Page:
Almost all the leadership topics of the day wind up talking about “clarity” at one point or another. Why is that? I noticed this phenomenon while reading such diverse topics as “employee engagement,” “vision and purpose statements,” “execution culture,” “developing leaders,” “executive coaching” and “what motivates employees.” The common thread I noticed was clarity.
The online dictionary defines clarity as: (1) the quality of being easily understood; (2) the quality of being expressed, remembered, understood, etc. in a very exact way; and (3) the quality of being easily seen or heard. As far as I’m concerned, all of these definitions fit clarity as it applies to leadership. In a similar vein, I see clarity as fundamental to great leadership.
In his book, Turn the Ship Around!, David Marquet states that there are two pillars necessary to building leadership at every level of your organization: Technical Competency and Clarity. I couldn’t agree more. If we truly believe that our organizations need people to think rather than just follow orders, then we have little choice but to make sure that our employees have both the tools (technical competencies) and the corporate values (clarity of why, as Simon Sinek would say) to make decisions on their own.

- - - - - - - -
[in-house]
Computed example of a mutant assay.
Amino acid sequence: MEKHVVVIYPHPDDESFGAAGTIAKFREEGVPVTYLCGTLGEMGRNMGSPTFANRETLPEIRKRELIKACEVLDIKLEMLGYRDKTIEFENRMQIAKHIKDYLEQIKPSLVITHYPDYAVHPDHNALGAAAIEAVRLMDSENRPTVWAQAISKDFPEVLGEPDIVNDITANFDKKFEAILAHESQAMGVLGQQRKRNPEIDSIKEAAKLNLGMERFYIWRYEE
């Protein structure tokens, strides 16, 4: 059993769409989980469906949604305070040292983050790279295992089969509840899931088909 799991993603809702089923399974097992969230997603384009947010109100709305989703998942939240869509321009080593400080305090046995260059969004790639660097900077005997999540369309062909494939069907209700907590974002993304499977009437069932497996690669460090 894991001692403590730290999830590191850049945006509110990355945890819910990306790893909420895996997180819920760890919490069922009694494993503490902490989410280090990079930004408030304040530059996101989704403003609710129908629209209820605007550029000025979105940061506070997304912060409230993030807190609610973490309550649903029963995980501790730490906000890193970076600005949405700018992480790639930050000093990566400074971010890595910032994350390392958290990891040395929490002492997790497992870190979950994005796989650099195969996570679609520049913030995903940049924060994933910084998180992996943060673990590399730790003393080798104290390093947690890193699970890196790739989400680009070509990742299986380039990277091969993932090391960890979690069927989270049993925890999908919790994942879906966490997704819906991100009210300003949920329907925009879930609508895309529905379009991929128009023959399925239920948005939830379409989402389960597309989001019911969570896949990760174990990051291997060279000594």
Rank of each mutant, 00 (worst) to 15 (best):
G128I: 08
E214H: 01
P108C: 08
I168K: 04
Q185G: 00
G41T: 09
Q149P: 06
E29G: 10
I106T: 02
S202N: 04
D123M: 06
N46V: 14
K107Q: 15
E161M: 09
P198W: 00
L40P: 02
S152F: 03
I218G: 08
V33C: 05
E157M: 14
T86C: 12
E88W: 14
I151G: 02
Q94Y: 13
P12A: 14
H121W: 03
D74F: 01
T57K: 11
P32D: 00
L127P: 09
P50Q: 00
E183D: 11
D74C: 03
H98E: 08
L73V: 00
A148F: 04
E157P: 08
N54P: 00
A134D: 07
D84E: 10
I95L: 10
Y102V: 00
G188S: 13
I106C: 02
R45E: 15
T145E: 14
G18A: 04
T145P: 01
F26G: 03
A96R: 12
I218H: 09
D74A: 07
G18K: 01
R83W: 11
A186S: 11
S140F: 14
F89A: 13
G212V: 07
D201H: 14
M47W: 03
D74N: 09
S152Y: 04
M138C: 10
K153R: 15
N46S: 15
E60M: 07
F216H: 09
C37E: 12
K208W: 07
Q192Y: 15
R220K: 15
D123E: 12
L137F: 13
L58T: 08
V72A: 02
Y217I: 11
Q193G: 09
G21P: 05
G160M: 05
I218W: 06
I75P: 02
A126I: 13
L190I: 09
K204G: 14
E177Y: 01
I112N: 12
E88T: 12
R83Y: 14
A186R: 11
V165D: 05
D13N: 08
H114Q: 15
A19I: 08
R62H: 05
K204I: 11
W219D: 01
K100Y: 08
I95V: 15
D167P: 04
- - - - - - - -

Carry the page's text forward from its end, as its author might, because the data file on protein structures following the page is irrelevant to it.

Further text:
Late Breaking News: We were all edited and had scheduled this post when I received new information. Readers of the ELC newsletter and this blog will know that I am a huge fan of Capt. L. David Marquet, USN (Ret.) and his unparalleled leadership book, Turn the Ship Around!. Well, The Navy has added it to the Chief of Naval Operations Professional Reading Program. Quite an honor for Capt. Marquet. Congratulations, Sir!
On a slightly different tack, Patrick Lencioni in his new book The Advantage, states that what leaders must do to give employees the clarity they need, is to agree on the answers to six simple but critical questions:
- Why do we exist? (Core purpose – it is apirational not tactical.)
- How do we behave? (Intolerant of not living the core purpose.)
- What do we do? (Business definition – NOT mission or vision)
- How will we succeed? (Strategy or plan for success. Key anchors.)
- What is most important, right now? (Addresses organizational ADD and Silos.)
- Who must do what? (Don’t take this for granted.)
Another point to be made on clarity is that it is a never ending process for leadership. It must be over-communicated — constantly. Clarity isn’t achieved by printing slogans on mugs, hats or banners. It is by constant living out of the organizational values at the top and being intolerant of those who would subvert that clarity by not living out the values.
This all seems self-evident to me, yet it is very rare to find organizations with truly clear purposes. How can we then be surprised that, according to a recent Gallop survey, over 70% of our employees/members are disengaged? Daniel Pink believes there are three things that motivate employees and get them engaged: Mastery, Autonomy and Purpose. And that lines up with what we hear from Marquet, Sinek and Lencioni, as well as any of the work done in trying to find out what makes organizations great. The question is simple then — what are you doing to make sure the “Why” is clear. The solution is not so easy, it’s definitely hard work. Get started.